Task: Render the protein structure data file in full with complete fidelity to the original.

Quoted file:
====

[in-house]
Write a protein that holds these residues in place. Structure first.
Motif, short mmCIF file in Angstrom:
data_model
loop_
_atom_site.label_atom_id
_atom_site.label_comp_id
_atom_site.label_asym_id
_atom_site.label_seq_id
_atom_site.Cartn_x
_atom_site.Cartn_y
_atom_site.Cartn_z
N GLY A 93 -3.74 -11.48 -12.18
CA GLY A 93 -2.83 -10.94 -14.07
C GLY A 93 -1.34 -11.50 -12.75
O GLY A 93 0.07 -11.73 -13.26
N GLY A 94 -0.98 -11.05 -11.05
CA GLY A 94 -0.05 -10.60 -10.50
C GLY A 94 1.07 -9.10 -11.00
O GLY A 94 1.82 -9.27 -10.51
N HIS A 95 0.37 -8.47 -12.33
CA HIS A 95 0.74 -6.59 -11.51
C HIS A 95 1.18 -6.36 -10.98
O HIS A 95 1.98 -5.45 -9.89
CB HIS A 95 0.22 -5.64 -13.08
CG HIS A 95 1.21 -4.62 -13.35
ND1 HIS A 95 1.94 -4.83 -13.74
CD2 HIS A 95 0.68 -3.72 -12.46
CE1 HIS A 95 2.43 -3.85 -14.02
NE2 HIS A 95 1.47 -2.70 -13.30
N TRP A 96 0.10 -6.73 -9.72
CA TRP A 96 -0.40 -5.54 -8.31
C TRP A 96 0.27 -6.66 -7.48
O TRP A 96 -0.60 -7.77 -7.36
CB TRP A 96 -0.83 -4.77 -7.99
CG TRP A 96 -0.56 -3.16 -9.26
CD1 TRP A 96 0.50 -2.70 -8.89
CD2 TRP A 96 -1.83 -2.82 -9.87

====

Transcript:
[in-house]
Write a protein that holds these residues in place. Structure first.
Motif, short mmCIF file in Angstrom:
data_model
loop_
_atom_site.label_atom_id
_atom_site.label_comp_id
_atom_site.label_asym_id
_atom_site.label_seq_id
_atom_site.Cartn_x
_atom_site.Cartn_y
_atom_site.Cartn_z
N GLY A 93 -3.74 -11.48 -12.18
CA GLY A 93 -2.83 -10.94 -14.07
C GLY A 93 -1.34 -11.50 -12.75
O GLY A 93 0.07 -11.73 -13.26
N GLY A 94 -0.98 -11.05 -11.05
CA GLY A 94 -0.05 -10.60 -10.50
C GLY A 94 1.07 -9.10 -11.00
O GLY A 94 1.82 -9.27 -10.51
N HIS A 95 0.37 -8.47 -12.33
CA HIS A 95 0.74 -6.59 -11.51
C HIS A 95 1.18 -6.36 -10.98
O HIS A 95 1.98 -5.45 -9.89
CB HIS A 95 0.22 -5.64 -13.08
CG HIS A 95 1.21 -4.62 -13.35
ND1 HIS A 95 1.94 -4.83 -13.74
CD2 HIS A 95 0.68 -3.72 -12.46
CE1 HIS A 95 2.43 -3.85 -14.02
NE2 HIS A 95 1.47 -2.70 -13.30
N TRP A 96 0.10 -6.73 -9.72
CA TRP A 96 -0.40 -5.54 -8.31
C TRP A 96 0.27 -6.66 -7.48
O TRP A 96 -0.60 -7.77 -7.36
CB TRP A 96 -0.83 -4.77 -7.99
CG TRP A 96 -0.56 -3.16 -9.26
CD1 TRP A 96 0.50 -2.70 -8.89
CD2 TRP A 96 -1.83 -2.82 -9.87